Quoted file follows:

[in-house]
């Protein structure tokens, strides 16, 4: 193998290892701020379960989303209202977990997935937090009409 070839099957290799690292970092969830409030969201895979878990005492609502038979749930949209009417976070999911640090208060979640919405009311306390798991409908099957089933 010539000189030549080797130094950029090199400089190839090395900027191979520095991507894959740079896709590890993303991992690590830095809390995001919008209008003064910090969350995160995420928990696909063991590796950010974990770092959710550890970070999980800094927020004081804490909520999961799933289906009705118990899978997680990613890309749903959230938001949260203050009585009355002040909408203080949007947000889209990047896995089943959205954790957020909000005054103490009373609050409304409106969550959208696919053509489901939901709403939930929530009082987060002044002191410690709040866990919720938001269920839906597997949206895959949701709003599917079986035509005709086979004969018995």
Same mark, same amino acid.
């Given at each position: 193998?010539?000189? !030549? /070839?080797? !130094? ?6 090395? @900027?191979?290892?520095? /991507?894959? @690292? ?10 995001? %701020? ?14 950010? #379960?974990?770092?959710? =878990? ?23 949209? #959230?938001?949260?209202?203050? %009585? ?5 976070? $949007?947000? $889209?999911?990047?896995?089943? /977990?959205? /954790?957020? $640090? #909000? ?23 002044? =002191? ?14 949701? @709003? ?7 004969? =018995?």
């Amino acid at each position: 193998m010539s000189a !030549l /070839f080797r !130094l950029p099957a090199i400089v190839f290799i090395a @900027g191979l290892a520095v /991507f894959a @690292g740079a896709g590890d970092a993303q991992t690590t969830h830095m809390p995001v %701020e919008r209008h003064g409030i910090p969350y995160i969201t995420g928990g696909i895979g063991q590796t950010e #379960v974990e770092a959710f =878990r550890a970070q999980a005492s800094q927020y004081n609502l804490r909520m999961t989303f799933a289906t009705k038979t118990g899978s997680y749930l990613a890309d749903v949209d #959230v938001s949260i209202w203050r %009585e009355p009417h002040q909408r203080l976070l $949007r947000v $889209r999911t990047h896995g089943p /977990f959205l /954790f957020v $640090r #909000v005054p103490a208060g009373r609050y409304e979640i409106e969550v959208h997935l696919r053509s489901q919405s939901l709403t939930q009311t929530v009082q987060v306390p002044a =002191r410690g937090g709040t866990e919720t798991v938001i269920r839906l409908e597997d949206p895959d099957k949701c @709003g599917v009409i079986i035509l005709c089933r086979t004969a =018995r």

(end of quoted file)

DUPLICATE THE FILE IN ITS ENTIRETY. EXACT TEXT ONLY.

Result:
[in-house]
């Protein structure tokens, strides 16, 4: 193998290892701020379960989303209202977990997935937090009409 070839099957290799690292970092969830409030969201895979878990005492609502038979749930949209009417976070999911640090208060979640919405009311306390798991409908099957089933 010539000189030549080797130094950029090199400089190839090395900027191979520095991507894959740079896709590890993303991992690590830095809390995001919008209008003064910090969350995160995420928990696909063991590796950010974990770092959710550890970070999980800094927020004081804490909520999961799933289906009705118990899978997680990613890309749903959230938001949260203050009585009355002040909408203080949007947000889209990047896995089943959205954790957020909000005054103490009373609050409304409106969550959208696919053509489901939901709403939930929530009082987060002044002191410690709040866990919720938001269920839906597997949206895959949701709003599917079986035509005709086979004969018995």
Same mark, same amino acid.
């Given at each position: 193998?010539?000189? !030549? /070839?080797? !130094? ?6 090395? @900027?191979?290892?520095? /991507?894959? @690292? ?10 995001? %701020? ?14 950010? #379960?974990?770092?959710? =878990? ?23 949209? #959230?938001?949260?209202?203050? %009585? ?5 976070? $949007?947000? $889209?999911?990047?896995?089943? /977990?959205? /954790?957020? $640090? #909000? ?23 002044? =002191? ?14 949701? @709003? ?7 004969? =018995?």
């Amino acid at each position: 193998m010539s000189a !030549l /070839f080797r !130094l950029p099957a090199i400089v190839f290799i090395a @900027g191979l290892a520095v /991507f894959a @690292g740079a896709g590890d970092a993303q991992t690590t969830h830095m809390p995001v %701020e919008r209008h003064g409030i910090p969350y995160i969201t995420g928990g696909i895979g063991q590796t950010e #379960v974990e770092a959710f =878990r550890a970070q999980a005492s800094q927020y004081n609502l804490r909520m999961t989303f799933a289906t009705k038979t118990g899978s997680y749930l990613a890309d749903v949209d #959230v938001s949260i209202w203050r %009585e009355p009417h002040q909408r203080l976070l $949007r947000v $889209r999911t990047h896995g089943p /977990f959205l /954790f957020v $640090r #909000v005054p103490a208060g009373r609050y409304e979640i409106e969550v959208h997935l696919r053509s489901q919405s939901l709403t939930q009311t929530v009082q987060v306390p002044a =002191r410690g937090g709040t866990e919720t798991v938001i269920r839906l409908e597997d949206p895959d099957k949701c @709003g599917v009409i079986i035509l005709c089933r086979t004969a =018995r």